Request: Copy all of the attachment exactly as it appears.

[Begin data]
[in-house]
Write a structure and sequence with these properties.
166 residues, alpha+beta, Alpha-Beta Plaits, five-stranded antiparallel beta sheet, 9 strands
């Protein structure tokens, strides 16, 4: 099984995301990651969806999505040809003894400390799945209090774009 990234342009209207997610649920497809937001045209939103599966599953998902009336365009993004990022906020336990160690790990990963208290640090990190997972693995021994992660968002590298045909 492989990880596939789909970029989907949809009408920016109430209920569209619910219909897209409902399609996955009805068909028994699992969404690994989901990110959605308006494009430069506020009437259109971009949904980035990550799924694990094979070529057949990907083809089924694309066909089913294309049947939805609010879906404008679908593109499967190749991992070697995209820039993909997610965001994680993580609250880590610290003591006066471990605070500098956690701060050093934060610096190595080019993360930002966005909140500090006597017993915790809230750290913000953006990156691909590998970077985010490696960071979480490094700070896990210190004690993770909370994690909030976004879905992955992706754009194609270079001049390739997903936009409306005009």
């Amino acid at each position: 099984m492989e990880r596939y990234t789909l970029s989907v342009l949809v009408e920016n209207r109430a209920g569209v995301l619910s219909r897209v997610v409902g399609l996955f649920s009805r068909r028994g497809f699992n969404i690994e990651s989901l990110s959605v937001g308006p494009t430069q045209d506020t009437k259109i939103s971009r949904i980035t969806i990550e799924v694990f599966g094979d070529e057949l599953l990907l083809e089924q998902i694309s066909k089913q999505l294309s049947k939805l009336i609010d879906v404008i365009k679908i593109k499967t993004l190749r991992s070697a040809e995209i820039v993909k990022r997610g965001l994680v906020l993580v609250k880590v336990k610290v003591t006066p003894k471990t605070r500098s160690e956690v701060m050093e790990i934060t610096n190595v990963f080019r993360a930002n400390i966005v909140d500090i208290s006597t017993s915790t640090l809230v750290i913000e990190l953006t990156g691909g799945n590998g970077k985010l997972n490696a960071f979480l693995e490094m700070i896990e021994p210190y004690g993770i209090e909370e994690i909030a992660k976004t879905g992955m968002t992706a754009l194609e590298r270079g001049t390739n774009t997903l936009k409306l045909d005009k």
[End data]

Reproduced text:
[in-house]
Write a structure and sequence with these properties.
166 residues, alpha+beta, Alpha-Beta Plaits, five-stranded antiparallel beta sheet, 9 strands
């Protein structure tokens, strides 16, 4: 099984995301990651969806999505040809003894400390799945209090774009 990234342009209207997610649920497809937001045209939103599966599953998902009336365009993004990022906020336990160690790990990963208290640090990190997972693995021994992660968002590298045909 492989990880596939789909970029989907949809009408920016109430209920569209619910219909897209409902399609996955009805068909028994699992969404690994989901990110959605308006494009430069506020009437259109971009949904980035990550799924694990094979070529057949990907083809089924694309066909089913294309049947939805609010879906404008679908593109499967190749991992070697995209820039993909997610965001994680993580609250880590610290003591006066471990605070500098956690701060050093934060610096190595080019993360930002966005909140500090006597017993915790809230750290913000953006990156691909590998970077985010490696960071979480490094700070896990210190004690993770909370994690909030976004879905992955992706754009194609270079001049390739997903936009409306005009």
């Amino acid at each position: 099984m492989e990880r596939y990234t789909l970029s989907v342009l949809v009408e920016n209207r109430a209920g569209v995301l619910s219909r897209v997610v409902g399609l996955f649920s009805r068909r028994g497809f699992n969404i690994e990651s989901l990110s959605v937001g308006p494009t430069q045209d506020t009437k259109i939103s971009r949904i980035t969806i990550e799924v694990f599966g094979d070529e057949l599953l990907l083809e089924q998902i694309s066909k089913q999505l294309s049947k939805l009336i609010d879906v404008i365009k679908i593109k499967t993004l190749r991992s070697a040809e995209i820039v993909k990022r997610g965001l994680v906020l993580v609250k880590v336990k610290v003591t006066p003894k471990t605070r500098s160690e956690v701060m050093e790990i934060t610096n190595v990963f080019r993360a930002n400390i966005v909140d500090i208290s006597t017993s915790t640090l809230v750290i913000e990190l953006t990156g691909g799945n590998g970077k985010l997972n490696a960071f979480l693995e490094m700070i896990e021994p210190y004690g993770i209090e909370e994690i909030a992660k976004t879905g992955m968002t992706a754009l194609e590298r270079g001049t390739n774009t997903l936009k409306l045909d005009k």